Spain hasn’t even faced the United States in this year’s FIBA World Cup, but the friendly rivalry between the two squads is heating up.
The Spaniards boast the second-most NBA players of any national team, meaning their connections with Team USA run deep. After a tough game against Turkey the Americans should have lost, Ricky Rubio texted his former Utah Jazz teammate Donovan Mitchell a simple not to sum up the differences in overseas hoops: “Welcome to FIBA.”
How physical was this game?— John Schuhmann (@johnschuhmann) September 3, 2019
Donovan Mitchell: “I got a text from Ricky Rubio. He said ‘Welcome to FIBA.’”
Mitchell was beat up all game long in a narrow 93-92 victory over Turkey, led by Cedi Osman of the Cavaliers and Ersan Ilyasova of the Bucks. The third-year Jazz guard shot just 3-14 from the field after a strong showing during the minicamp in August. Despite freakish athleticism and superior functional strength, Mitchell was beat up by the rugged veterans in red.
Rubio knows the feeling. He’s scrawnier than Mitchell but developed an arrhythmic beat to his game and learned to be a step ahead of competition. Mitchell saw that style up close in two seasons as Rubio’s teammate, but is just now beginning to understand why Rubio had to adapt. More contact is allowed in the FIBA game, and inferior athletes use their bodies and minds to overcome the athleticism of Team USA.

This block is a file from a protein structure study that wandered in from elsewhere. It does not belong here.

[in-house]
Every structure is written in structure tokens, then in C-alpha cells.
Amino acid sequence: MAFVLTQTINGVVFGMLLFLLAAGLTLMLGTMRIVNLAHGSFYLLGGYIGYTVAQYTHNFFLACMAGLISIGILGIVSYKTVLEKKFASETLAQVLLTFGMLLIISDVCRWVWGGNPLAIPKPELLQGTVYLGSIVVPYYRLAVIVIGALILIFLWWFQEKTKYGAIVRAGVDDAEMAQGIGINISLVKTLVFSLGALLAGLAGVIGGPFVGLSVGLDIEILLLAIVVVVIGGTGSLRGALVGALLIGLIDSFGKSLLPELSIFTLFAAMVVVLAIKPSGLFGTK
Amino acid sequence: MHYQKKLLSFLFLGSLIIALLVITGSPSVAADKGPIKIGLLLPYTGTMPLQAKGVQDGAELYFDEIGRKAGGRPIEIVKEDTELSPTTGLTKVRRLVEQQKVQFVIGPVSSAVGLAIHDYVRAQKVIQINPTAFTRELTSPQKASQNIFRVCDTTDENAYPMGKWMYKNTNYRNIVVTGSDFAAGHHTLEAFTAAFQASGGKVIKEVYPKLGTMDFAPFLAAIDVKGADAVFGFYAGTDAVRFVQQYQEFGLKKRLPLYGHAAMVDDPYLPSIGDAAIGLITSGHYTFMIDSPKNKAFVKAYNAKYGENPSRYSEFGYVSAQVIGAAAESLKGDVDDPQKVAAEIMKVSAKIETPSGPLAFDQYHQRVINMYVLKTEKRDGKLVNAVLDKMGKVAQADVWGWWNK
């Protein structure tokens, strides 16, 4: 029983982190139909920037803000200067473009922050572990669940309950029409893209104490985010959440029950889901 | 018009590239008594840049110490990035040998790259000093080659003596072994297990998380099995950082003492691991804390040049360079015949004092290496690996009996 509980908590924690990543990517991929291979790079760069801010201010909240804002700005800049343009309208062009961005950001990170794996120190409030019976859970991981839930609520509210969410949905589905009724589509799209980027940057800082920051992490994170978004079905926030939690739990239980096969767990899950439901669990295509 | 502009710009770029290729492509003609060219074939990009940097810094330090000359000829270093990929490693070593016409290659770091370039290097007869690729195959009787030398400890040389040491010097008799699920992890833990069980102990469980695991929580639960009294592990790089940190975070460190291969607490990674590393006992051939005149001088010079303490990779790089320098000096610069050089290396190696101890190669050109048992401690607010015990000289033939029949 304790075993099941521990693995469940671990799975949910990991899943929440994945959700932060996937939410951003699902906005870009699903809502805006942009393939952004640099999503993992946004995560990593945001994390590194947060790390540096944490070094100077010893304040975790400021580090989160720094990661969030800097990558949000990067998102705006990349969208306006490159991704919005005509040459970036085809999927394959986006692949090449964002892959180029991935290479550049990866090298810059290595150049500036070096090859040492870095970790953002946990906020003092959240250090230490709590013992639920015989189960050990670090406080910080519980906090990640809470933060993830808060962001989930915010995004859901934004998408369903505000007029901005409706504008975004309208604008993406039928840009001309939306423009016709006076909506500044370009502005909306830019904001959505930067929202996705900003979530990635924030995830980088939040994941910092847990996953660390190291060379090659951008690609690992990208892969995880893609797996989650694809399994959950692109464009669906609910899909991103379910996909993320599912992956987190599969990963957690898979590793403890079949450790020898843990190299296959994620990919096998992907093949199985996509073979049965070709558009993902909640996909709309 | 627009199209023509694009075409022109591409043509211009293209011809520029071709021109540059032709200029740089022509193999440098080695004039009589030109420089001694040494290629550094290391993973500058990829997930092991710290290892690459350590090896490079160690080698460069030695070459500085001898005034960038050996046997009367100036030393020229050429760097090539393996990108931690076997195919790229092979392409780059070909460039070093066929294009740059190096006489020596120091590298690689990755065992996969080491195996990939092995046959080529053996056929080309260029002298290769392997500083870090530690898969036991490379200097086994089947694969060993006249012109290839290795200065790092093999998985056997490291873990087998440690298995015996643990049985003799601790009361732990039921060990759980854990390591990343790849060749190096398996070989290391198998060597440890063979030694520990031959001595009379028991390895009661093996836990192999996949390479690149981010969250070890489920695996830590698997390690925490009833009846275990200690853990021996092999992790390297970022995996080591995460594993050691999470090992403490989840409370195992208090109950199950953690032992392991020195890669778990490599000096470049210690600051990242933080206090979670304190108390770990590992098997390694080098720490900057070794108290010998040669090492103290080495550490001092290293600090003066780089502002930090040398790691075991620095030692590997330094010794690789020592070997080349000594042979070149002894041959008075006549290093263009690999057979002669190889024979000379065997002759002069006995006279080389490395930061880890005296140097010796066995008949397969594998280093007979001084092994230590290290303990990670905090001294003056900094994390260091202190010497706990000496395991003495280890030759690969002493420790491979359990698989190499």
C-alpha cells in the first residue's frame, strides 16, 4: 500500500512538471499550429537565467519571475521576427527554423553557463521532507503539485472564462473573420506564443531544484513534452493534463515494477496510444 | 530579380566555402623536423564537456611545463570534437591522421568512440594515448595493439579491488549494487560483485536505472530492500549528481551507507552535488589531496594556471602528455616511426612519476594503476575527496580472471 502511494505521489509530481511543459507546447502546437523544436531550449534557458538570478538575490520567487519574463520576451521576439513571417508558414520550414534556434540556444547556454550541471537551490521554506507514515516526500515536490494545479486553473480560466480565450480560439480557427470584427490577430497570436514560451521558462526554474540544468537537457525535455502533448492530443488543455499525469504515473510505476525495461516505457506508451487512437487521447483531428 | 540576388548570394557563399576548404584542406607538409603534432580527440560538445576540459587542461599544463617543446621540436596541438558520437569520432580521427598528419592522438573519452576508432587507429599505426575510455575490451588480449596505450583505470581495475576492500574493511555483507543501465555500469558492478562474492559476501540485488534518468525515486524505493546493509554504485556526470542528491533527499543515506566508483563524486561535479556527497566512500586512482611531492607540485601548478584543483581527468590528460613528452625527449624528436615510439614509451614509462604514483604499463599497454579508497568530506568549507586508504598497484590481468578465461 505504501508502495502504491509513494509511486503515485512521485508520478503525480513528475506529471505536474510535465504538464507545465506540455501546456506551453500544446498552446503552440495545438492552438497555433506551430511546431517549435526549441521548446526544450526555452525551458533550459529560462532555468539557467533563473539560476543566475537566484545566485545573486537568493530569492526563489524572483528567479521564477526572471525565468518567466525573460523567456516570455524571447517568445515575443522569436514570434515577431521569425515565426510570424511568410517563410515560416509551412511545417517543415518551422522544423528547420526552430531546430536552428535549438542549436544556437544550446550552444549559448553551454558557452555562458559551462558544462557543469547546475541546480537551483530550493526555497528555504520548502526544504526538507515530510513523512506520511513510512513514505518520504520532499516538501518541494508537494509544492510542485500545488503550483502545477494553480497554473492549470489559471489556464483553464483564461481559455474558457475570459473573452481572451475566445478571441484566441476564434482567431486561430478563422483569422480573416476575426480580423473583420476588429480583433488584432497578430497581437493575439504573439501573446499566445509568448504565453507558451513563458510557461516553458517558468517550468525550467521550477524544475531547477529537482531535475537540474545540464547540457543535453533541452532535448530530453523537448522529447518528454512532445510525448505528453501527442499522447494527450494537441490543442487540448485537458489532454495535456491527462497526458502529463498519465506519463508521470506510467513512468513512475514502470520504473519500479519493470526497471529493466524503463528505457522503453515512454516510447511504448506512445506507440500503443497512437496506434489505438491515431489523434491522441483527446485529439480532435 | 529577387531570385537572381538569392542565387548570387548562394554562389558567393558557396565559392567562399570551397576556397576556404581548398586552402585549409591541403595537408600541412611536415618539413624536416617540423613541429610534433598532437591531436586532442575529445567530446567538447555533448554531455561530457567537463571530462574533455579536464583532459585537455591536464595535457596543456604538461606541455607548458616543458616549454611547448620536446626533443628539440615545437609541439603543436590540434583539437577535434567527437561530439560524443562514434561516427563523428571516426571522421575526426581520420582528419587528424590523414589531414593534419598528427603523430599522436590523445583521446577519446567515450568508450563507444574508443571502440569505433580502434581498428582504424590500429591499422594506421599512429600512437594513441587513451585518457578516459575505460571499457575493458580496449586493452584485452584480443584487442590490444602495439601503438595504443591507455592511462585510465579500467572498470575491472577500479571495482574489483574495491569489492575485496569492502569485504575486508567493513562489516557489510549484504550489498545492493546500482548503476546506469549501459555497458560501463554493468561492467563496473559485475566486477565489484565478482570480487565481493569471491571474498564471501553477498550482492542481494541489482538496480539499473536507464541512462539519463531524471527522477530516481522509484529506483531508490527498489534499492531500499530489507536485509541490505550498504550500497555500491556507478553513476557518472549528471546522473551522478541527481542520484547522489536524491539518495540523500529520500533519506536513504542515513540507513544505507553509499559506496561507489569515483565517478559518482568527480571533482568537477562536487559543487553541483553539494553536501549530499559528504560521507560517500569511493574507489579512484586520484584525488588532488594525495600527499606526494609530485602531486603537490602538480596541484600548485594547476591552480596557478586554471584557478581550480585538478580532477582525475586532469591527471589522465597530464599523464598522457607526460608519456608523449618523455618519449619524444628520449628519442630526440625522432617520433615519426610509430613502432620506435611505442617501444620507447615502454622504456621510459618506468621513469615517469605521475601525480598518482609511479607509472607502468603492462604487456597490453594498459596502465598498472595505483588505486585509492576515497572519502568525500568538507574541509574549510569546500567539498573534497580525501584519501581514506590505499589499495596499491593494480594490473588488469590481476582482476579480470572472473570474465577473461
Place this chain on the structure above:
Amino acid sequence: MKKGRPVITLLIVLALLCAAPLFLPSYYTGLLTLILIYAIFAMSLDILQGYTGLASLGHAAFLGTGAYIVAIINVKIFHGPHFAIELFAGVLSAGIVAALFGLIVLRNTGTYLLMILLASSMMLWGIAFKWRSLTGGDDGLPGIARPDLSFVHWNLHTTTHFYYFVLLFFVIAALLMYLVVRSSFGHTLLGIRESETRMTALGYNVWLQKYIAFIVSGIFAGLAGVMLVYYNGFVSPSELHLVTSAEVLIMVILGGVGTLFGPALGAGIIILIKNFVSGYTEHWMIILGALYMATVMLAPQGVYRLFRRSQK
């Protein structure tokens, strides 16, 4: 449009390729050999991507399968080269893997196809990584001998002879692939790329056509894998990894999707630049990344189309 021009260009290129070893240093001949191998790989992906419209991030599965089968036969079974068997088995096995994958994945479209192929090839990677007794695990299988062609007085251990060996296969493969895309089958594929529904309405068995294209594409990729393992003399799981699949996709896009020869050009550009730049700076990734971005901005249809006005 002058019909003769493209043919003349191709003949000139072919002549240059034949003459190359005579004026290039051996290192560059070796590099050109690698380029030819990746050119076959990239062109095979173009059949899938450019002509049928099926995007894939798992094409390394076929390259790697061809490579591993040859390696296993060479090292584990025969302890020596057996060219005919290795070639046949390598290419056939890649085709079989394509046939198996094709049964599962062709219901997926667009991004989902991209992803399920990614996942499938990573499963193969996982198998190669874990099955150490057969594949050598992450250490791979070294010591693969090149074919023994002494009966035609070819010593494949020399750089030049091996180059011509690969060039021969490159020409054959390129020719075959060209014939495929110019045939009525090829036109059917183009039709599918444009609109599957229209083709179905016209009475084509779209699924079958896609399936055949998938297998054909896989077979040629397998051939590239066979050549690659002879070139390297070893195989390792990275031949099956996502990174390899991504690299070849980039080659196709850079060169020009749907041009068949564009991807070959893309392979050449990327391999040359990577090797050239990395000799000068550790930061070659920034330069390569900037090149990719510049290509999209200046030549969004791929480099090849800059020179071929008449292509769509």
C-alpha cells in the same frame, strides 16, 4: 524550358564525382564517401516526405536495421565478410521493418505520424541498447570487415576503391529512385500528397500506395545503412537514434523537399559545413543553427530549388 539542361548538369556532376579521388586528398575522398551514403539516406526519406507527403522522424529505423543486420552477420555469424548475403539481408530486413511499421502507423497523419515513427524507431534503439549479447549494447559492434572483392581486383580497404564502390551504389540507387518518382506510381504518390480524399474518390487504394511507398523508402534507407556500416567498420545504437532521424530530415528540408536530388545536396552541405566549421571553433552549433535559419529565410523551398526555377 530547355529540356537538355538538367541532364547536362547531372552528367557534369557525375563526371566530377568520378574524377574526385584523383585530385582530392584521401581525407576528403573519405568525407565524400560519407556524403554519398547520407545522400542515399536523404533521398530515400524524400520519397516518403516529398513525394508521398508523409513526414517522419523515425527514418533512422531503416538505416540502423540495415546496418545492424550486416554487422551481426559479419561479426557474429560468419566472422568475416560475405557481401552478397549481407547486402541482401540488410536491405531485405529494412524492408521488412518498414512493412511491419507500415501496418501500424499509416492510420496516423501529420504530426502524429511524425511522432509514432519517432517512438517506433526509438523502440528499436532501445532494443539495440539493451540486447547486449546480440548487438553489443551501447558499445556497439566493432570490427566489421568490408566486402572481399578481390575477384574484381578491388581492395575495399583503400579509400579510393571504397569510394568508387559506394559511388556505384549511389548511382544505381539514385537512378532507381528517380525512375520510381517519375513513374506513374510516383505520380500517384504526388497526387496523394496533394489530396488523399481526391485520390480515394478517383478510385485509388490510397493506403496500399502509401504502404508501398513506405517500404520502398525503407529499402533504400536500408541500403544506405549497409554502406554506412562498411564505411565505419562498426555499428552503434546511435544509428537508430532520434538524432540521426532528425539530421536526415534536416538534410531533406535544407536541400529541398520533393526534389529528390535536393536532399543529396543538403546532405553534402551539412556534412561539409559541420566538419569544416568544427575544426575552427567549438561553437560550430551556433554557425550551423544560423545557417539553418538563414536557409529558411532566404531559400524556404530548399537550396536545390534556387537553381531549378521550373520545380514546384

The Suns will be hoping Rubio brings that smoothness and finesse to Phoenix. Even when his shot isn’t falling, Rubio is a hyperactive and smart defender, and sets the table for teammates better than nearly anyone in the NBA. Even nearing age 30, Rubio is a leader for Spain and one of FIBA’s most consistent performers.
Perhaps the mentorship and friendship Rubio developed with Mitchell also can translate to his new starting backcourt-mate, Devin Booker. No matter what happens, Rubio is putting on a show right now in China that has to make Suns fans excited for the upcoming season.